Other than that, I had to research A LOT for the political aspect of the plot. Liz uncovers a scandal that involves the president and his agenda for a military budget reform bill. Aside from the way Washington works (in terms of a lot of favors happening between party members in this town) I had to research a lot about defense contracting and small details about different cabinet positions that I was not familiar with. As for the romantic relationship between Liz and Joe, that was based on my parents meeting in Washington 20 years ago.


MS: How did you balance writing and your position as a full-time student at UNC? Do you have any advice for budding authors attempting to balance work/studies and their writing? 


JQ: I didn’t.

Kidding. It took a lot of chai tea cartons from Target and sleepless nights. From around July to October I had a few writing benders where I was awake for longer than 24 hours. Luckily, a lot of my teachers as well as my publisher were all very understanding, and were lenient on certain deadlines if I requested an extension.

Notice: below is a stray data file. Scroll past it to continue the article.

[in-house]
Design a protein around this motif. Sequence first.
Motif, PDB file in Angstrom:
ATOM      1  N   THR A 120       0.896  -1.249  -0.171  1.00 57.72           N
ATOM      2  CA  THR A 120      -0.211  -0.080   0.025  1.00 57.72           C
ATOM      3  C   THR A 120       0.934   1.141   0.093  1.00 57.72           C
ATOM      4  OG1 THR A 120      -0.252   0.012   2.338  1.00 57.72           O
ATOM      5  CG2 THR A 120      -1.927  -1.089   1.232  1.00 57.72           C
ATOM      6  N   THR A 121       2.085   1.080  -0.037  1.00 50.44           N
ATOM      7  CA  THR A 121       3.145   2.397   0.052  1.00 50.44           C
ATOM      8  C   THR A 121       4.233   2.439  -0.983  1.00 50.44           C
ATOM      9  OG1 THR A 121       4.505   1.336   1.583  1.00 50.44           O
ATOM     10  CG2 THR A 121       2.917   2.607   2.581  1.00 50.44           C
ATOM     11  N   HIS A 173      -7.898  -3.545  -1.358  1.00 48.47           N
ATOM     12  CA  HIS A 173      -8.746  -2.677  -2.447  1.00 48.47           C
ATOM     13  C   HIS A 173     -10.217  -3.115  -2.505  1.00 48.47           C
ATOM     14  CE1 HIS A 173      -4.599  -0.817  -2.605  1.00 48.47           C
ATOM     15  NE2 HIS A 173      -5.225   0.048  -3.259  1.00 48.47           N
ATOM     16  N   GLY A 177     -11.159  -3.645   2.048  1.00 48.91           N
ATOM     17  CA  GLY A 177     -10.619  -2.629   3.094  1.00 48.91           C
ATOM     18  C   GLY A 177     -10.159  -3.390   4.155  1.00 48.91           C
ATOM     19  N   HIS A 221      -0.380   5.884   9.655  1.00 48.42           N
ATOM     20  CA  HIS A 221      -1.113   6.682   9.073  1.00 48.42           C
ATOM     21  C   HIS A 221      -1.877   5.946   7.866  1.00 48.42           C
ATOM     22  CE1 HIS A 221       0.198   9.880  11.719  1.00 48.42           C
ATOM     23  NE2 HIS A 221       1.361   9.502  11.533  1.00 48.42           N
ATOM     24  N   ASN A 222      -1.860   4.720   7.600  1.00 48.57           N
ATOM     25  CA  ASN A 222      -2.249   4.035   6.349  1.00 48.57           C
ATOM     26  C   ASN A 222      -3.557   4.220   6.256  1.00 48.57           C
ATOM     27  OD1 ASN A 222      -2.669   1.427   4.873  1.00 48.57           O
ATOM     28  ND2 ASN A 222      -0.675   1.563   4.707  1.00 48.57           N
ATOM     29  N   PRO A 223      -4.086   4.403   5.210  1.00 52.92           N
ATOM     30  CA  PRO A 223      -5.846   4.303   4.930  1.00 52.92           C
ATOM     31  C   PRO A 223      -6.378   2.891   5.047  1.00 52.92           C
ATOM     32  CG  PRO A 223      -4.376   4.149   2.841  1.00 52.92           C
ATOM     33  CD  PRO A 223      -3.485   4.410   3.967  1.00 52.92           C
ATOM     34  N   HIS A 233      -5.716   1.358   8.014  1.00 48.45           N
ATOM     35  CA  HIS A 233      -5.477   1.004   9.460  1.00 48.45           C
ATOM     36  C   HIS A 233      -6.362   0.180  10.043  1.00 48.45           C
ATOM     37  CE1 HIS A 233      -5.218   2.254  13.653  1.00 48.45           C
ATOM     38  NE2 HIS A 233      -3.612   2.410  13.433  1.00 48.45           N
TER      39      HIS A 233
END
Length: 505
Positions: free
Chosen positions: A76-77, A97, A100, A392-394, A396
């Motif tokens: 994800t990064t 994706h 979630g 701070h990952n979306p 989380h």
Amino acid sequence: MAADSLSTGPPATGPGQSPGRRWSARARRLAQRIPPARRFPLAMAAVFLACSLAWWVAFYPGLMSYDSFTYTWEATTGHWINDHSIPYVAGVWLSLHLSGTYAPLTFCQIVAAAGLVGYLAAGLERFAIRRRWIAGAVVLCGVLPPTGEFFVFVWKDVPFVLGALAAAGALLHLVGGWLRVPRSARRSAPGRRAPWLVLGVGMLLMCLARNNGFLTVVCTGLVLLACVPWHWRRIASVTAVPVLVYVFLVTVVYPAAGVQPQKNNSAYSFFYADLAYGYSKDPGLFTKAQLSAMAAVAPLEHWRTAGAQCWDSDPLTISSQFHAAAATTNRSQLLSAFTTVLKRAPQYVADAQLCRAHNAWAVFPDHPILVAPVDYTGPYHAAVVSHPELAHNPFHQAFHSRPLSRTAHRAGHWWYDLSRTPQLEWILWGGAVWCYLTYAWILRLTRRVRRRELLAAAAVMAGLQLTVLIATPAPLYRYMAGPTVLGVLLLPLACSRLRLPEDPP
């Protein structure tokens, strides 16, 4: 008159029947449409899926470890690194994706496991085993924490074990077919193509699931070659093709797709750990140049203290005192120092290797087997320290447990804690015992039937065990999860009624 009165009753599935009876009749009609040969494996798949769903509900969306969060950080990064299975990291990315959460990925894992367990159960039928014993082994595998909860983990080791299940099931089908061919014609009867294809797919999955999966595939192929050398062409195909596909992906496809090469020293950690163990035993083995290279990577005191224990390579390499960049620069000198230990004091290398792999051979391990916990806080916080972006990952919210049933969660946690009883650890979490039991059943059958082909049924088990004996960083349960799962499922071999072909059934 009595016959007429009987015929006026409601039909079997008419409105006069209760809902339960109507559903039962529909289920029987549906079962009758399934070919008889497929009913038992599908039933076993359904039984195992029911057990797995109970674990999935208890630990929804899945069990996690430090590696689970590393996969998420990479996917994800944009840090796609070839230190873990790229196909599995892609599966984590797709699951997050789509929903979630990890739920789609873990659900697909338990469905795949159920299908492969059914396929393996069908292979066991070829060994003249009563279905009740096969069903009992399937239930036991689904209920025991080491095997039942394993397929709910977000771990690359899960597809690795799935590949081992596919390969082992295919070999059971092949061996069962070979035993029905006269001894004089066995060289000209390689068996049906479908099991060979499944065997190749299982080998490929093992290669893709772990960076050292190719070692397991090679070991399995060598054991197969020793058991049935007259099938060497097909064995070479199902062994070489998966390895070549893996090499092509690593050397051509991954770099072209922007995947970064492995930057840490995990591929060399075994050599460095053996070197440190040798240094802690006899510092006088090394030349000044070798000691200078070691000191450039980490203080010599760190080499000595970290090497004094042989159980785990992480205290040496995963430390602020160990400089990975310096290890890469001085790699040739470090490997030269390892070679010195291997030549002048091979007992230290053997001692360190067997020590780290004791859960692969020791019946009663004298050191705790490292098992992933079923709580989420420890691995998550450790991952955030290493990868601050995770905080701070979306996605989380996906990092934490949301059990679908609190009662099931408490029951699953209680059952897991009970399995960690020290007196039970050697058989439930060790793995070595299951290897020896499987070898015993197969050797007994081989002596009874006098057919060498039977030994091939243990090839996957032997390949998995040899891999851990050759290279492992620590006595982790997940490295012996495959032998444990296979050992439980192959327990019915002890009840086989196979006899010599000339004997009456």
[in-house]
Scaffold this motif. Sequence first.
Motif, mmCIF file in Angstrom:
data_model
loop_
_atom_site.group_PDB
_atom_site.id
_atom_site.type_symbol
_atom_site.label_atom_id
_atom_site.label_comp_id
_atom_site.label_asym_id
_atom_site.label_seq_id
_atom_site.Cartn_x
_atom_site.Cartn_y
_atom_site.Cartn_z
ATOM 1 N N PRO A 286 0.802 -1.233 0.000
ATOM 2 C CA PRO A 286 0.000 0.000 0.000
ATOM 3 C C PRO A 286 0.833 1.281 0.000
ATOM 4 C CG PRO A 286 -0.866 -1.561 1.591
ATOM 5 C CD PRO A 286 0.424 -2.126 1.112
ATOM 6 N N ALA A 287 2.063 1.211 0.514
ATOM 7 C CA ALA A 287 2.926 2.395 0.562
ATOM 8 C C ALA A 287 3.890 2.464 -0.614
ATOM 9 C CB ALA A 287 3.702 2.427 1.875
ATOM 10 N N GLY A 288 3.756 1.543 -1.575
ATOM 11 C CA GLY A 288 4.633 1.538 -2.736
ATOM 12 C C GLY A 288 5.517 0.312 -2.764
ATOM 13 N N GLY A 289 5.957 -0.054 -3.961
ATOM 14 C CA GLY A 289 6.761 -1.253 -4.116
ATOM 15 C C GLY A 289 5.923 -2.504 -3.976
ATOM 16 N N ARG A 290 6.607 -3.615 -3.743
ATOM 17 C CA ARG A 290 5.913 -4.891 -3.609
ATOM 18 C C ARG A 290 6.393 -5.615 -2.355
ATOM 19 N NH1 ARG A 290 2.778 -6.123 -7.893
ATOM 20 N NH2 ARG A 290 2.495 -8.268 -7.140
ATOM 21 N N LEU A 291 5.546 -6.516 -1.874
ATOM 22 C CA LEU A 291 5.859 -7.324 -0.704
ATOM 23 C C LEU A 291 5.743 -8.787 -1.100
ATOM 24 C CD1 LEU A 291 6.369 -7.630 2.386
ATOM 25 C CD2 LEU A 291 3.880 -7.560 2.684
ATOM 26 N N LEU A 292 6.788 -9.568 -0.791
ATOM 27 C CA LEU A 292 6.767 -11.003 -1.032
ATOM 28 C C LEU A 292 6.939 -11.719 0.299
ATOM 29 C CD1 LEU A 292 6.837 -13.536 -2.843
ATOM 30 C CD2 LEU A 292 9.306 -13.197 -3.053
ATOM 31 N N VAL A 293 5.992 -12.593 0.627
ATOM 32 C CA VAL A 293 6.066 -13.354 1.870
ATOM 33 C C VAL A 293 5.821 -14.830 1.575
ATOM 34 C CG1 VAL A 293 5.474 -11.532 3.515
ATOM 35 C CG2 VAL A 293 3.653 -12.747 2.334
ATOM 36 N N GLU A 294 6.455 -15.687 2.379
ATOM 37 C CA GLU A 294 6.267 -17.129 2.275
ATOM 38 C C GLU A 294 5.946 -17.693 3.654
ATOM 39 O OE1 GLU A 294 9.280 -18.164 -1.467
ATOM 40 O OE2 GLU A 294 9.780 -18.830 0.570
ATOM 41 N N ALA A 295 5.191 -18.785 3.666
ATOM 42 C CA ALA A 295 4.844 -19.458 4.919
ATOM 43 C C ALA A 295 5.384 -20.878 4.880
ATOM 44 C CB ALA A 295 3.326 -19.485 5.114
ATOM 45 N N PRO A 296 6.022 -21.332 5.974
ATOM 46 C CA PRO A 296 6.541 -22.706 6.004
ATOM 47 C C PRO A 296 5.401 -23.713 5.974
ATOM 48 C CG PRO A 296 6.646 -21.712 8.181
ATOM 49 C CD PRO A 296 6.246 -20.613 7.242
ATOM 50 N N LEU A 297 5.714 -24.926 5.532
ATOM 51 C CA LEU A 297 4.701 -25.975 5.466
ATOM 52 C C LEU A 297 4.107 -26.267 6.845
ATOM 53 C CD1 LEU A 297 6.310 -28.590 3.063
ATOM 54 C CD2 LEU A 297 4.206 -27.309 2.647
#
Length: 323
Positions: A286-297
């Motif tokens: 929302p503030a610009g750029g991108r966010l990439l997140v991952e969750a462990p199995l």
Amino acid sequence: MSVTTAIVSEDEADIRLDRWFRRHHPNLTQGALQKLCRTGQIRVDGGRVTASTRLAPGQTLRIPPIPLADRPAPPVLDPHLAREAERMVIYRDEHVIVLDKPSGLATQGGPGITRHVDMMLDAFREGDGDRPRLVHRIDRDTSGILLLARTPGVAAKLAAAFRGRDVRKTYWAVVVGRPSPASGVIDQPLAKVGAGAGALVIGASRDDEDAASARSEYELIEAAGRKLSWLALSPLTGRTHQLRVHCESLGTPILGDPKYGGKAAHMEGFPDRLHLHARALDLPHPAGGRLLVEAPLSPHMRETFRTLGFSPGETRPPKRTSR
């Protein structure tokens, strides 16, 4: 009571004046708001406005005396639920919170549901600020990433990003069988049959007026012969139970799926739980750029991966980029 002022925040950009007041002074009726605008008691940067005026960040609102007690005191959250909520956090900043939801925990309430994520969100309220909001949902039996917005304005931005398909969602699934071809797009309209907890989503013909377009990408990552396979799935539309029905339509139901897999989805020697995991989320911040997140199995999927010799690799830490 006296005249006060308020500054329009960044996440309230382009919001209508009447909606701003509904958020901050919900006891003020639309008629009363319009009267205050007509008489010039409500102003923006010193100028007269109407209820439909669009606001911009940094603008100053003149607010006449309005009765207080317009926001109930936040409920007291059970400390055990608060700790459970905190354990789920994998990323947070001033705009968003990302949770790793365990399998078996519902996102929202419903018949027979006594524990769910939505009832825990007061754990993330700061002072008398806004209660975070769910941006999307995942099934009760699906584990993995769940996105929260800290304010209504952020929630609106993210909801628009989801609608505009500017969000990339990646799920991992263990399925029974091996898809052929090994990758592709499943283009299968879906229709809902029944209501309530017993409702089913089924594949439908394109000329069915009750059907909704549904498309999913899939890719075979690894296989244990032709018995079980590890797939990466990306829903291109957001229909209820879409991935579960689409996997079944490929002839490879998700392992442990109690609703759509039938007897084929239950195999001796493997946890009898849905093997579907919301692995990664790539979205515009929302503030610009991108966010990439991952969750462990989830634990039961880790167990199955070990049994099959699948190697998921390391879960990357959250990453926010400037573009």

My advice would be that no matter what time it is or what you are doing, if you have a thought that relates to your work, make sure you write it down. I remember when I first started planning the plot for OTR, I would write and write and finally get in bed, and after 10 minutes I would think of an amazing conversation or specific dialogue that I liked and I would have to rip my covers off and get it on paper so that I wouldn’t forget. The best parts of my book definitely came when I least expected them. As for balancing school work, well, get a Starbucks card and good night eye serum.


MS: In the Daily Tar Heel article [linked below], it is mentioned that you were assisted by a professor from Georgetown – how did he and his program help your novel progress and would you recommend the program to other students?